Alibaba Group (NYSE: BABA) has announced a significant leadership restructure, revealing on Tuesday that co-founder Joseph Tsai will assume the role of Chairman in September. Concurrently, Eddie Yongming Wu has been named as the new CEO. The move is part of a strategic reorganization that sees the company separating its technology services from its retail units.
Tsai’s rise to the top spot is particularly significant for proponents of cryptocurrency and the evolving Web3 landscape. He is a known advocate of these digital advancements and has actively invested in the Web3 space.
As one of the largest corporations in China, Alibaba’s potential shift towards embracing Web3 and crypto could be a signal that China is incrementally warming up to these technologies. Tsai’s leadership may catalyze this transition, given his notable enthusiasm for the sector.
Tsai first announced his interest in crypto and Web3 in December 2021 with a succinct tweet: “I like Crypto.” Although he offered no further elaboration at the time, his subsequent investments tell a story of increasing involvement in the sector.
I like crypto
— Joe Tsai (@joetsai1999) December 28, 2021
Tsai’s family office, Blue Pool Capital, was revealed in January 2023 to be a minority shareholder in FTX, a renowned crypto trading platform. The stake was discovered through court documents, indicating participation in two of FTX’s fundraising rounds. Furthermore, Tsai has been associated with high-profile investments, including Polygon, Web3 fantasy sports platform Fast Break Labs, and NFT platform Artifact Labs.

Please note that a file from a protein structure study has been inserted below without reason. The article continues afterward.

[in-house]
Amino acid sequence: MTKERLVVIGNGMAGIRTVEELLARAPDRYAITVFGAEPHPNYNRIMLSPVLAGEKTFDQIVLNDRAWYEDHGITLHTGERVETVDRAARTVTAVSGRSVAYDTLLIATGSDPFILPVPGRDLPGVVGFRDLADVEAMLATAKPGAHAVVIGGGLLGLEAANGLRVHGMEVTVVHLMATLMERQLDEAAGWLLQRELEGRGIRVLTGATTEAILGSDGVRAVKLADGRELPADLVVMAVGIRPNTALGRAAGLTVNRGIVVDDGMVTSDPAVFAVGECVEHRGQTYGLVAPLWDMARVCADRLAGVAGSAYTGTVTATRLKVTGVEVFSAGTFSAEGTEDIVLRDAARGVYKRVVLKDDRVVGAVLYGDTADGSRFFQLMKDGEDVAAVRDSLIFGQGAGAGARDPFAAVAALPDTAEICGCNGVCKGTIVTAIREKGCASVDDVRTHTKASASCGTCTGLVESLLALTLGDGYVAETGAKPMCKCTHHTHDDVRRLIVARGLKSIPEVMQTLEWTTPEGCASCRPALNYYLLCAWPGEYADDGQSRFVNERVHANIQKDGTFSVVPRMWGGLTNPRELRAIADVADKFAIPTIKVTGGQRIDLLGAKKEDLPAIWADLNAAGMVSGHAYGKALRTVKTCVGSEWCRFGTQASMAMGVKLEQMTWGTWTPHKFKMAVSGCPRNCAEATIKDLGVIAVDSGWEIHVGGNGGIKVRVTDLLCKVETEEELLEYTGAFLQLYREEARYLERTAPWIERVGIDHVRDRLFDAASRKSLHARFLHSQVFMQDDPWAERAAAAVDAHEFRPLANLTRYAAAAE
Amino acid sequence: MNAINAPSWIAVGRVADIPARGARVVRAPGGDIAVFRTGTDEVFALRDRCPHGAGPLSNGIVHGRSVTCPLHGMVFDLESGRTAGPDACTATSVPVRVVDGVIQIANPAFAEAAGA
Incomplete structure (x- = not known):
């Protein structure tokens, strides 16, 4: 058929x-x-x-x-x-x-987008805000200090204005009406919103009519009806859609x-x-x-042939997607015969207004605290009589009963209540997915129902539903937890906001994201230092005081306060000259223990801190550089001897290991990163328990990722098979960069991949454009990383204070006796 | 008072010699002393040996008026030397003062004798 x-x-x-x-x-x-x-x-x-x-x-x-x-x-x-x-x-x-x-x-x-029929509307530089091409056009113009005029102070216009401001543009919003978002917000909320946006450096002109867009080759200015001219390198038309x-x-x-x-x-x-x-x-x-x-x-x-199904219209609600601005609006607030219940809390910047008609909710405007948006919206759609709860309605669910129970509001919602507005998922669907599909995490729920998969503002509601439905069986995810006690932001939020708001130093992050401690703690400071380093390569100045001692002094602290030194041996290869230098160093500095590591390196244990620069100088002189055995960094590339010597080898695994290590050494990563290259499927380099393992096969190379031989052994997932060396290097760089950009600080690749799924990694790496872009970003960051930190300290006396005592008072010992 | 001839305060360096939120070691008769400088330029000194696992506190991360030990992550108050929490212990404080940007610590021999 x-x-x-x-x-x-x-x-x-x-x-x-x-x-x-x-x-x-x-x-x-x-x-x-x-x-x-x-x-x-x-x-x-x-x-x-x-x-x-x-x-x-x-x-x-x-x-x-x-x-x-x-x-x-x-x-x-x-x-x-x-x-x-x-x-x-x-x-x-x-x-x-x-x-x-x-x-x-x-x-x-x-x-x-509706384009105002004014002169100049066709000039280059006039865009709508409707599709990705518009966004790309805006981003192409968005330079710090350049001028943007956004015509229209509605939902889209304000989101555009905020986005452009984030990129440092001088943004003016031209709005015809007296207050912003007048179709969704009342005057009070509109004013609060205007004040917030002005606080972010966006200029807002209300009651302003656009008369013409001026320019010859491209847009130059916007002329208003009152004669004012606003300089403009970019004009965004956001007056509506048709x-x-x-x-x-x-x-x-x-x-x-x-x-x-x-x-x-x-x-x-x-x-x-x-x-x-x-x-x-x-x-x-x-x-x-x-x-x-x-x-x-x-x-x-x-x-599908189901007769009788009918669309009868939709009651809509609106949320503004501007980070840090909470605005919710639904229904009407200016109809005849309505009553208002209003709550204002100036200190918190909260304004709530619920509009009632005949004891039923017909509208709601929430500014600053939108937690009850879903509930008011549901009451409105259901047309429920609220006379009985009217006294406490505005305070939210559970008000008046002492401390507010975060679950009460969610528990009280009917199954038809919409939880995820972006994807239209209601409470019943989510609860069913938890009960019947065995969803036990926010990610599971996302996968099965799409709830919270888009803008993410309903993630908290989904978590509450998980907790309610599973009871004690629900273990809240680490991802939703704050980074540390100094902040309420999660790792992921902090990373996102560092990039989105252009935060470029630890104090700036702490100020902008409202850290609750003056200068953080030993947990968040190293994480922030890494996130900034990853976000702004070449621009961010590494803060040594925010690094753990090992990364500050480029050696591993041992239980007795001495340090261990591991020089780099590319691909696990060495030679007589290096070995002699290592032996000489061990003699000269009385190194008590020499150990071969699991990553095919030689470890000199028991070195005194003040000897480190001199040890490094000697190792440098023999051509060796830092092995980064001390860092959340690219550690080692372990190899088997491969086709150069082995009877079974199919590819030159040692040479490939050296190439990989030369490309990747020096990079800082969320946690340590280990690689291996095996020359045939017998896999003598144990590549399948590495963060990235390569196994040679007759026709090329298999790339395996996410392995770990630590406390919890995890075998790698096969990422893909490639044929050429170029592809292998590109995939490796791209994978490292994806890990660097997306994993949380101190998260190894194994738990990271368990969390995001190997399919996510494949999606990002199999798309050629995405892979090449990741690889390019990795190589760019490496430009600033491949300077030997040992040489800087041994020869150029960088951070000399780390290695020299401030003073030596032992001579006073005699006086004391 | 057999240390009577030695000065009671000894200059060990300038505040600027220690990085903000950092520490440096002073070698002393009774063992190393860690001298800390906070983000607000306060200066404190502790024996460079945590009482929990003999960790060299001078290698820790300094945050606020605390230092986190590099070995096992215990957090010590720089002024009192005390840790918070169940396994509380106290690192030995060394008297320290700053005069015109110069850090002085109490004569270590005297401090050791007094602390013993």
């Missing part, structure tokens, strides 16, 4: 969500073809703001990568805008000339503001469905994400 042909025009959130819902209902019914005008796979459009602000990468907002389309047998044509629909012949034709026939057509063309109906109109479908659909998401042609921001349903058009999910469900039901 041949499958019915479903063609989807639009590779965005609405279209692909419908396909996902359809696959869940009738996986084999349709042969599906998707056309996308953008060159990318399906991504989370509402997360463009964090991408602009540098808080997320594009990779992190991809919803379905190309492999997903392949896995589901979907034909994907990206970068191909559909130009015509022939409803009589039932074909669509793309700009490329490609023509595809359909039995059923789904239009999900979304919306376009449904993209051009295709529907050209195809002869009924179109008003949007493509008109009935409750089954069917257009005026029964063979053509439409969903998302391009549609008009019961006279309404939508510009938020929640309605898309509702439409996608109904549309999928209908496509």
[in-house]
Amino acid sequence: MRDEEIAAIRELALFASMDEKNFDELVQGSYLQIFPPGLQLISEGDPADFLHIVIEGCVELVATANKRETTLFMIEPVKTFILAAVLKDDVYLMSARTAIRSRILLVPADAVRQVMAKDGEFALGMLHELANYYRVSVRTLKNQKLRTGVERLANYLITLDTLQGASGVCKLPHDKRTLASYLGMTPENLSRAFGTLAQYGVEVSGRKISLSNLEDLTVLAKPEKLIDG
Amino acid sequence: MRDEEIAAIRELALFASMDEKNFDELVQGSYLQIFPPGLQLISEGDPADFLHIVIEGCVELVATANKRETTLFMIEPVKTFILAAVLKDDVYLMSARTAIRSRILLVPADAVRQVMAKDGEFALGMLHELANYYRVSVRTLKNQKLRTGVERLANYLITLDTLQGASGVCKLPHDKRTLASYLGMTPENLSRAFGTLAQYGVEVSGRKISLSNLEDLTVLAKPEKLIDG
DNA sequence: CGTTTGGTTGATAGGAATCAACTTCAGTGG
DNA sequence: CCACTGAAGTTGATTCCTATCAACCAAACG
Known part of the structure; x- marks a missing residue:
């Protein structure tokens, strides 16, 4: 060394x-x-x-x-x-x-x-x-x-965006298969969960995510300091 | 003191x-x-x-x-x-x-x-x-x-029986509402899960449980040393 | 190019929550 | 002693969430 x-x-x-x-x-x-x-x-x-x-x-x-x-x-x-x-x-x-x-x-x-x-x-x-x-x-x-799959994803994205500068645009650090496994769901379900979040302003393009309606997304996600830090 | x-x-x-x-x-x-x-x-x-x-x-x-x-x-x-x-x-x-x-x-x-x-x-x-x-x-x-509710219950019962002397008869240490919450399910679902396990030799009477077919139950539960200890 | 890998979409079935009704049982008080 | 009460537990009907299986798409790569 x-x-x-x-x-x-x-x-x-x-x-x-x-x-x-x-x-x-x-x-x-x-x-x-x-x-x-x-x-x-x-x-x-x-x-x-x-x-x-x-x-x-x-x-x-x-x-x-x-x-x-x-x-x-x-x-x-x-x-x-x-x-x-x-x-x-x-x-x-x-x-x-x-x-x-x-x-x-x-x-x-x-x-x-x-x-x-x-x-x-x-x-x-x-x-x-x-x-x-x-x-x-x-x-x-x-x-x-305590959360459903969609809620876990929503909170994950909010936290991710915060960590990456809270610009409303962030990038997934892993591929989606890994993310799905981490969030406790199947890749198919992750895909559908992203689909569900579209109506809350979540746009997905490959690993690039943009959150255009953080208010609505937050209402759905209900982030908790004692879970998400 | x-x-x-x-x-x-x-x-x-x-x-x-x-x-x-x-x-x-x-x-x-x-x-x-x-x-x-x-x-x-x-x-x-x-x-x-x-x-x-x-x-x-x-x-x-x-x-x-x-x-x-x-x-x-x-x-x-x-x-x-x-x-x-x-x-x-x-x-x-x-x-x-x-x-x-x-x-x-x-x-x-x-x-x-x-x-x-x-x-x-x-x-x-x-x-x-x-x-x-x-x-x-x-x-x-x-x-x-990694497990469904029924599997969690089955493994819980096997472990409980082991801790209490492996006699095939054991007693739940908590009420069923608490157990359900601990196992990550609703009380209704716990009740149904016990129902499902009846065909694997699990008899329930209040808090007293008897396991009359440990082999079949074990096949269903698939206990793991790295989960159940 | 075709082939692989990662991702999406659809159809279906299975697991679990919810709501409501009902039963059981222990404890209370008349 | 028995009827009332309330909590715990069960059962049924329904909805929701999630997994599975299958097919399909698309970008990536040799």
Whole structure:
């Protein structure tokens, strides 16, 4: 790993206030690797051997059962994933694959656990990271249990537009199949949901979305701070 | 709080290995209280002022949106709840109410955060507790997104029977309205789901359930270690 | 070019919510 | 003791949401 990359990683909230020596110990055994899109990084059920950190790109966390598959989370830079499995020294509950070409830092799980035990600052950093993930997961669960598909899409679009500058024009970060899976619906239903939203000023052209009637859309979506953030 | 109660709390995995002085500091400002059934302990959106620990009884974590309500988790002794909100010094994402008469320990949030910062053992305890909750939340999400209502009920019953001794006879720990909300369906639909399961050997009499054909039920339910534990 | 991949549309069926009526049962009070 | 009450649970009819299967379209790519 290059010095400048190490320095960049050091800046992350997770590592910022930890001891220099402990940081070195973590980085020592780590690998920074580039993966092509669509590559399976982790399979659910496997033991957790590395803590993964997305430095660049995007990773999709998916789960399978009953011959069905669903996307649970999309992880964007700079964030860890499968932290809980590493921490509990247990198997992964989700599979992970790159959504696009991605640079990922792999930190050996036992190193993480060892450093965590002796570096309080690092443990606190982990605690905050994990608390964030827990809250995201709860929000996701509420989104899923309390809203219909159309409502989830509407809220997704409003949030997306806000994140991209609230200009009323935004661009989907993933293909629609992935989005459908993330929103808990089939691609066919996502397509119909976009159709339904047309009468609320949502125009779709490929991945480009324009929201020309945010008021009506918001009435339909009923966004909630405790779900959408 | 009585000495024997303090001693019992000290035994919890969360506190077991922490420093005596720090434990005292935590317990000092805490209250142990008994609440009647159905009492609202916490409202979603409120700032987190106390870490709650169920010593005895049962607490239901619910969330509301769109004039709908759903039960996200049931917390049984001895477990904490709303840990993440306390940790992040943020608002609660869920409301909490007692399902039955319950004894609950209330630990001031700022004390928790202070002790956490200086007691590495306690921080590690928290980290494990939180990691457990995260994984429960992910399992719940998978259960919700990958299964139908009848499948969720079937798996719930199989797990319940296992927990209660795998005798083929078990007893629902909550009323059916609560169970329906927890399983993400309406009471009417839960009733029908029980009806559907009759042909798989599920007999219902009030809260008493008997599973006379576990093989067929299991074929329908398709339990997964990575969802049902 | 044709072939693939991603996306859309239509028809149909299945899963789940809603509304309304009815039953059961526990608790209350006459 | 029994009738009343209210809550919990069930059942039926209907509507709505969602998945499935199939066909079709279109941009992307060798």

Tsai’s affinity for crypto extends beyond his personal investments. As the owner of the Brooklyn Nets, Tsai’s influence has also been seen in players Kevin Durant and Spencer Dinwiddie’s ventures into crypto, with both players actively engaged in crypto projects.
However, the broader acceptance of crypto in China remains uncertain. While Hong Kong, a Special Administrative Region, has proposed rules for licensed digital asset trading, these regulations are seen as restrictive by many industry insiders.
“Banks have been reluctant to get on board, and the Hong Kong Monetary Authority has had to pressure some of the largest names in finance to accept crypto clients,” said Leo Weese, co-founder and President of the Bitcoin Association of Hong Kong.
In mainland China, the interest in digital assets on the blockchain is growing, provided they don’t align directly with cryptocurrencies. For instance, Non-fungible tokens (NFTs) are allowed as long as they don’t possess any speculative features. In 2021, Alibaba’s Alipay enforced a restriction on NFT sales, requiring users to hold them for 180 days before sale.
Beijing defines Web3 as an internet augmented by artificial intelligence, blockchain, faster computing chips, and more resilient networks, distinguishing it from crypto. As Tsai takes the reins at Alibaba, the business world waits to see if this distinction will blur under his pro-crypto leadership.